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Windrush: three people wrongly removed flown back to UK

WRONGLY REMOVED: The Home Office has paid for three victims of the Windrush immigration scandal to be flown back to the UK

THE HOME secretary has revealed that three members of the Windrush Generation wrongly removed from the UK have been flown back following contact with the specially created taskforce.

The individuals, all of whom came from Jamaica, arrived back in the UK between July and September.

Their flights were paid for by the Home Office due to their “exceptional and urgent circumstances”, Sajid Javid wrote in his update on the government’s response to the Windrush scandal published yesterday.

Each of the flights departed from Kingston, Jamaica, and arrived at London Gatwick.

In total to date, 13 individuals who have been removed from the UK have been given the right to return to the country. Of the 13, three have been given indefinite leave to remain or other leave to remain, three have been granted a 10-year visitor visa and seven have been given the right to abode/citizenship.

The Home Office has identified 83 people who have been removed from the UK or prevented from returning after going overseas. It has contacted 44 of them, 10 are deceased and the remaining 29 have not yet been contacted by the Home Office.

Javid said: “There are 29 individuals whom we have so far been unable to contact, despite attempting to do so in a number of different ways.”

In the update published yesterday, Javid reiterated his promise to resolve the crisis. He said: “I can reassure members that my department remains entirely focussed on righting the wrongs experienced by the Windrush Generation.”

Hardship fund

A hardship fund has been established to provide assistance to those who urgently need support in advance of the Windrush Compensation scheme, which is expected in the new year.

The guidelines for the hardship fund outline that eligible claimants could receive up to £5,000. Only those who have a “compelling reason” why they cannot wait to make a claim via the Windrush Compensation scheme will be granted support from the fund.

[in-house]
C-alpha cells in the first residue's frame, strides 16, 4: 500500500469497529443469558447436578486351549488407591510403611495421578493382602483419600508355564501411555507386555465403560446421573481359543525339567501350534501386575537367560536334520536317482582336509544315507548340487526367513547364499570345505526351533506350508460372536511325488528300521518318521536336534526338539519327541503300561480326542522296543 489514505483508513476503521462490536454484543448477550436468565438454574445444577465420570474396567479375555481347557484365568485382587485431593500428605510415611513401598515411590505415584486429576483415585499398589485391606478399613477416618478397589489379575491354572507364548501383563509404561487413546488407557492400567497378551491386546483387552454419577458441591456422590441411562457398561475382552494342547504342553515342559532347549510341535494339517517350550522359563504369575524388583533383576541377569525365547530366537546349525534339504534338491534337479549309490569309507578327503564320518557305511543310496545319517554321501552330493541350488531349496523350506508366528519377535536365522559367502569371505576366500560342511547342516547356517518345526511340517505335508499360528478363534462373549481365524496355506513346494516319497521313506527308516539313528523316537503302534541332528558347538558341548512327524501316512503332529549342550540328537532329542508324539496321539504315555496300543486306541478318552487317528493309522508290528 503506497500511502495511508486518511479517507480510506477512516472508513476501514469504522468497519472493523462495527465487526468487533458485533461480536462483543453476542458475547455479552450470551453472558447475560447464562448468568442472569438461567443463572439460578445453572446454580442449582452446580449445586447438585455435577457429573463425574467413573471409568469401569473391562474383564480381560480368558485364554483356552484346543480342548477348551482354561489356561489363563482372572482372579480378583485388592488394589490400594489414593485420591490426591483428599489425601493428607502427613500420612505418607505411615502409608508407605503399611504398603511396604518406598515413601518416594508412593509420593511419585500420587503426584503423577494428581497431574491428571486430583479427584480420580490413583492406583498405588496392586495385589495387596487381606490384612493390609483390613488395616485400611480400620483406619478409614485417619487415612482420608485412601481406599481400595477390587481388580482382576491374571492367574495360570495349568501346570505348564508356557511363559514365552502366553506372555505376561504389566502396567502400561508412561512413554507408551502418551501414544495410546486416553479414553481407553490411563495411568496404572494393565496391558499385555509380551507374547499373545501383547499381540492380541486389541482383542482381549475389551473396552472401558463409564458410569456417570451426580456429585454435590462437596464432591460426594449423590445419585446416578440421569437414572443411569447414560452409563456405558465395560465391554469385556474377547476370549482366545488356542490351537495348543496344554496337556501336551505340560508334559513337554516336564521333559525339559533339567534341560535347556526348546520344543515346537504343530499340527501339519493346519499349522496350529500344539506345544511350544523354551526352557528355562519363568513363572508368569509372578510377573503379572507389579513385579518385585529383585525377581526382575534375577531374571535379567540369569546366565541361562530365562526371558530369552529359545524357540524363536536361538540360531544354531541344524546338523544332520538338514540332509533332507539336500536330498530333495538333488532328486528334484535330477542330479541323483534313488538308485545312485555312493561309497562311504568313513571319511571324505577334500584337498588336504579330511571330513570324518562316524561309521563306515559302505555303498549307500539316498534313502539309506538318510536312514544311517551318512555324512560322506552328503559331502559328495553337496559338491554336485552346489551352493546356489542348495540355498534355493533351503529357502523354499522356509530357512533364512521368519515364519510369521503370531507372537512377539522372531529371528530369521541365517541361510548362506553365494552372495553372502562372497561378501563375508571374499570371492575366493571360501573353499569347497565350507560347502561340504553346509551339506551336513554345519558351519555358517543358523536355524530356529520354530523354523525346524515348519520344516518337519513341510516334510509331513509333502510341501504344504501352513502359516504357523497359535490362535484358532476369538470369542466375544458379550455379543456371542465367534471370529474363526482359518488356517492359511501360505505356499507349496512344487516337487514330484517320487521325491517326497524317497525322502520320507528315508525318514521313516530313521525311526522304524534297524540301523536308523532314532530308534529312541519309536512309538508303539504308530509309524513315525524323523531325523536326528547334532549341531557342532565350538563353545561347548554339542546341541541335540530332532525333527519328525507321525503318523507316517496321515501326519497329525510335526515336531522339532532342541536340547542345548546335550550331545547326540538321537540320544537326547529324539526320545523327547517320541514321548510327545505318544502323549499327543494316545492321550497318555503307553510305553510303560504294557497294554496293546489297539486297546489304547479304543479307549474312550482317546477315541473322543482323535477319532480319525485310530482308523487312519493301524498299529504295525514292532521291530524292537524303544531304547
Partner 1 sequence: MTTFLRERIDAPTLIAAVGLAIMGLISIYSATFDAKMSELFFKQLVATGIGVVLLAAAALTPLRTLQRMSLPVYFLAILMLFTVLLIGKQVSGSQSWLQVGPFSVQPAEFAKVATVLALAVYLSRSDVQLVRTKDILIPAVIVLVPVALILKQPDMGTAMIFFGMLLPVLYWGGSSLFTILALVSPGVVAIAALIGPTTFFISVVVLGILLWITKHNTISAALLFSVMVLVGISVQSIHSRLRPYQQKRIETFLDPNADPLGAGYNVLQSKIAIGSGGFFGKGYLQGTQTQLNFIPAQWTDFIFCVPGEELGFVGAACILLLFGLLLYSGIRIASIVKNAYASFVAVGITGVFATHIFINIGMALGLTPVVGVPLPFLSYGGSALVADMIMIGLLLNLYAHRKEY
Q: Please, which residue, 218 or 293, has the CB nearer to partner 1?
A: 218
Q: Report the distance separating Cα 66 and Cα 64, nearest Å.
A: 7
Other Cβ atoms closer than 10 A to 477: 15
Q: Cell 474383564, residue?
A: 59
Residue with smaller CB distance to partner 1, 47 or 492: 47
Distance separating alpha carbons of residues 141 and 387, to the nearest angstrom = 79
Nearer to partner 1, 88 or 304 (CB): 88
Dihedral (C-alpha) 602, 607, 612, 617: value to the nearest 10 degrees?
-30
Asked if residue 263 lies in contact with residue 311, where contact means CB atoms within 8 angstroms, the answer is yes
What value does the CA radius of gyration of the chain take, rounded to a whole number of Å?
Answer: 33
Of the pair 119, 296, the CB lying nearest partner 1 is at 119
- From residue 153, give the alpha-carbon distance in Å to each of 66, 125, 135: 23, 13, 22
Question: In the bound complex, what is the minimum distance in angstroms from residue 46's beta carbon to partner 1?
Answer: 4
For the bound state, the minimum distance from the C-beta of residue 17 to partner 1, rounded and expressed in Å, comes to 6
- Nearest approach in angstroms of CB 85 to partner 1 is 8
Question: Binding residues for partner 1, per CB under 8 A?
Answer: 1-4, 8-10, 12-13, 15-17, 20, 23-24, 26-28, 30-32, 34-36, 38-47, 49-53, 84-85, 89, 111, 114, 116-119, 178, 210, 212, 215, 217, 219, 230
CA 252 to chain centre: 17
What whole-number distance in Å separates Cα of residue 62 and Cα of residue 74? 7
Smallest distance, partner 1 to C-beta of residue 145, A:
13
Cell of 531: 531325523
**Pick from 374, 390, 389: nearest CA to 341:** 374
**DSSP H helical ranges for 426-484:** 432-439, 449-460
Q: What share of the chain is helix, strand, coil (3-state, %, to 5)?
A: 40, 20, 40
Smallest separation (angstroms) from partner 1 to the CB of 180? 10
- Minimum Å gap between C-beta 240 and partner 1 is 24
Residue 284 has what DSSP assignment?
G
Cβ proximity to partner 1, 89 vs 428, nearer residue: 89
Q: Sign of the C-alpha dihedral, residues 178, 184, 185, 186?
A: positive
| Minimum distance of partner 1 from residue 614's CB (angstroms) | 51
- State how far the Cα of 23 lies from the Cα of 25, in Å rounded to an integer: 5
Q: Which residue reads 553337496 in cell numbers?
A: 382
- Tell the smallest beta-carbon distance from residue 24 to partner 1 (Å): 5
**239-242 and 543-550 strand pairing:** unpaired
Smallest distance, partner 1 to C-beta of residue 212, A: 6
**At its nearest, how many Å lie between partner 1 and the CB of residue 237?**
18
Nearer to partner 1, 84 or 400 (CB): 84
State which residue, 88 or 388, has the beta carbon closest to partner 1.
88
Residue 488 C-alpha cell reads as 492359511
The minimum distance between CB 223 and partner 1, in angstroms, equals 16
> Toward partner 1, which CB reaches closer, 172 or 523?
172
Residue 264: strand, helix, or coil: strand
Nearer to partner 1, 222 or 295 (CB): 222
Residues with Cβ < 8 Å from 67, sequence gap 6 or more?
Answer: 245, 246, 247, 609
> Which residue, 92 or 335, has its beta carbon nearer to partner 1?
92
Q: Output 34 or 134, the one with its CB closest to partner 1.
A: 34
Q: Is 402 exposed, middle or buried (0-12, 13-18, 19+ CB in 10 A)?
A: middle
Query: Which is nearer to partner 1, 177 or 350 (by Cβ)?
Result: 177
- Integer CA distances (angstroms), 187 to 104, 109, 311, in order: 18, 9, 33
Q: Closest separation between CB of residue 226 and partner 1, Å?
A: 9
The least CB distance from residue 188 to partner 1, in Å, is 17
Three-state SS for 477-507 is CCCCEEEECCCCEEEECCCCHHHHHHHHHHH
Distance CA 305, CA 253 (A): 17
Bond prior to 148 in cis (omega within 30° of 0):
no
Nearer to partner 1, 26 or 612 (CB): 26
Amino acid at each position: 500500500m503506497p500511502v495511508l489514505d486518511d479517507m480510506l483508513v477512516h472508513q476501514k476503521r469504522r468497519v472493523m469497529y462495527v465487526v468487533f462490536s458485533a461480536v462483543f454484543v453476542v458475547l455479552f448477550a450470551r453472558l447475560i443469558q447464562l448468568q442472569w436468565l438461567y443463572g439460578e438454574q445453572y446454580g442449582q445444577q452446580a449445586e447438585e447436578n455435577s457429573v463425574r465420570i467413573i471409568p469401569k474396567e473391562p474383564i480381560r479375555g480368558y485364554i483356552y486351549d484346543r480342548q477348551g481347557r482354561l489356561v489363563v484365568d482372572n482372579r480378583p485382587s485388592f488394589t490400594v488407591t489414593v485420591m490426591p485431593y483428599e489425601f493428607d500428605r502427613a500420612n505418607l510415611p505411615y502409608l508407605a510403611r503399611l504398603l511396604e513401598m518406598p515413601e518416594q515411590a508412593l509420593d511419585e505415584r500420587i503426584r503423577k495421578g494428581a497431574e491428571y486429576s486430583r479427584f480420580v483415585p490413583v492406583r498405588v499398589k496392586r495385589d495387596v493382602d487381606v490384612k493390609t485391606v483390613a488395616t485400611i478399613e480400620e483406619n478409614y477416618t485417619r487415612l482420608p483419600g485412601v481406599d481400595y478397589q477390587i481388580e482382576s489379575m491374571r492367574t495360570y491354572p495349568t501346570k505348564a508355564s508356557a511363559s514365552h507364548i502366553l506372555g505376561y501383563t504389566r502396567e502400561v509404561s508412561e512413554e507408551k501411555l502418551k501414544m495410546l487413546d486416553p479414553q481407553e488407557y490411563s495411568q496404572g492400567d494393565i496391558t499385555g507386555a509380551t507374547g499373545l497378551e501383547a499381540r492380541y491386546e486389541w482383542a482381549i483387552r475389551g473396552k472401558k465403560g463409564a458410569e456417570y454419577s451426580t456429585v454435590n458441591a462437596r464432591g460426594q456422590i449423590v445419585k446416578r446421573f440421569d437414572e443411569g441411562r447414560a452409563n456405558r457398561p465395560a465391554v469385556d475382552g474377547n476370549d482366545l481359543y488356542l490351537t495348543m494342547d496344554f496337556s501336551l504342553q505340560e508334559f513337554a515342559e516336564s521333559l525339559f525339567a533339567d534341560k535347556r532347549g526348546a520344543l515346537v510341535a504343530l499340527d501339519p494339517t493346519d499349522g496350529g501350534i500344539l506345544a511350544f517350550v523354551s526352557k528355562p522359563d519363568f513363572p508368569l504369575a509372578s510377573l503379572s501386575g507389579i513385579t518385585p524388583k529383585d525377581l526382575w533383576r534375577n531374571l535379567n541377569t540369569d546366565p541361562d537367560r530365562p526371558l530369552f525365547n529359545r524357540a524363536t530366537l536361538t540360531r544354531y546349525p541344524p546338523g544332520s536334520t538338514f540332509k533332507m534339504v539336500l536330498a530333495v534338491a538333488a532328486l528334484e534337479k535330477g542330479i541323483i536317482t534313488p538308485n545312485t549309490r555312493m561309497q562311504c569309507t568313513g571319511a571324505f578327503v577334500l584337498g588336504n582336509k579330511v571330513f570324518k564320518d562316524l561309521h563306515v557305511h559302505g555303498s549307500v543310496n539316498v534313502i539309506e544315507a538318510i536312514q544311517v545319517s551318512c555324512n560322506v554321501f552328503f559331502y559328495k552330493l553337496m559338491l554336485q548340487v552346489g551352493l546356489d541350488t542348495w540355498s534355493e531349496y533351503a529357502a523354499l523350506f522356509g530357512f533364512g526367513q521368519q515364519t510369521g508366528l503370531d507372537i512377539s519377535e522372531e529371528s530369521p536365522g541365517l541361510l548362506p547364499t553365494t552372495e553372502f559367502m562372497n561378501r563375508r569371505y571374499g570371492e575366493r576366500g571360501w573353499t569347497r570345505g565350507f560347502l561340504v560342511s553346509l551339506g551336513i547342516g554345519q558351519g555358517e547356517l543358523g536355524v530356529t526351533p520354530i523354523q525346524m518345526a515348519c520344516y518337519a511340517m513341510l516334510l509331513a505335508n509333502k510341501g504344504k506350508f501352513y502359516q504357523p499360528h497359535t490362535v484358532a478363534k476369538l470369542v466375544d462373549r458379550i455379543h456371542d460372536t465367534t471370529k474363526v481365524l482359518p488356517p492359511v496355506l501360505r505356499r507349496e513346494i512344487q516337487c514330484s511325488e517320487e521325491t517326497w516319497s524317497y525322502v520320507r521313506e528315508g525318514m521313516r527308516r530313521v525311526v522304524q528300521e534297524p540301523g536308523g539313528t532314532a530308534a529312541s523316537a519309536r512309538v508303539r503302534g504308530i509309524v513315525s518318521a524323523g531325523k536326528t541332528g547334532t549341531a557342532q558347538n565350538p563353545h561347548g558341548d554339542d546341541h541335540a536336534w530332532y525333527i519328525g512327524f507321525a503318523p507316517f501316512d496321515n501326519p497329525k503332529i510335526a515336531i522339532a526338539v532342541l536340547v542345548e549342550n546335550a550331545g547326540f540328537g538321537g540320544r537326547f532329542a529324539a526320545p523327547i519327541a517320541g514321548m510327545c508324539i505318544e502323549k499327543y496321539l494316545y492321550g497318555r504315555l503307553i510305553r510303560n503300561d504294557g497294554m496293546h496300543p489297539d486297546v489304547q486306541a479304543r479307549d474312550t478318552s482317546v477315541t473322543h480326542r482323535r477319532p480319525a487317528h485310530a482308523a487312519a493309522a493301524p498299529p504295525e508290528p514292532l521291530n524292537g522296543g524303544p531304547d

Claimants who are given support – financial or otherwise – through the fund face the possibility that it will be taken into account in relation to any further claims they make under the Windrush Compensation scheme.

Labour MP David Lammy, who has campaigned on behalf of the Windrush Generation, has repeatedly urged the government to create a hardship fund since the scandal broke.

In May he wrote to Javid and called on him to immediately make funds available for those left destitute as a result of the scandal.

“I would urge you to consider setting up a hardship fund to support these people whilst you consult on the details of the compensation scheme,” he wrote.

Responding to the Home Office’s announcement that such a fund will now be open to those affected, Lammy said: “This Christmas many Windrush citizens will be in poverty as a direct result of appalling mistreatment by their own government.

“It is shocking that it has taken the home secretary nine months to set up a hardship fund I and others have been calling for ever since this scandal broke.”

He added: “We are still without a full compensation scheme and this announcement appears to have been made cynically on a heavy news day when many members of the Windrush generation may well be totally unaware of it. I hope that the Home Office makes every effort to inform those eligible.”

Anyone seeking to make a claim under the hardship fund can contact the taskforce on
Freephone: 0800 678 1925 or at

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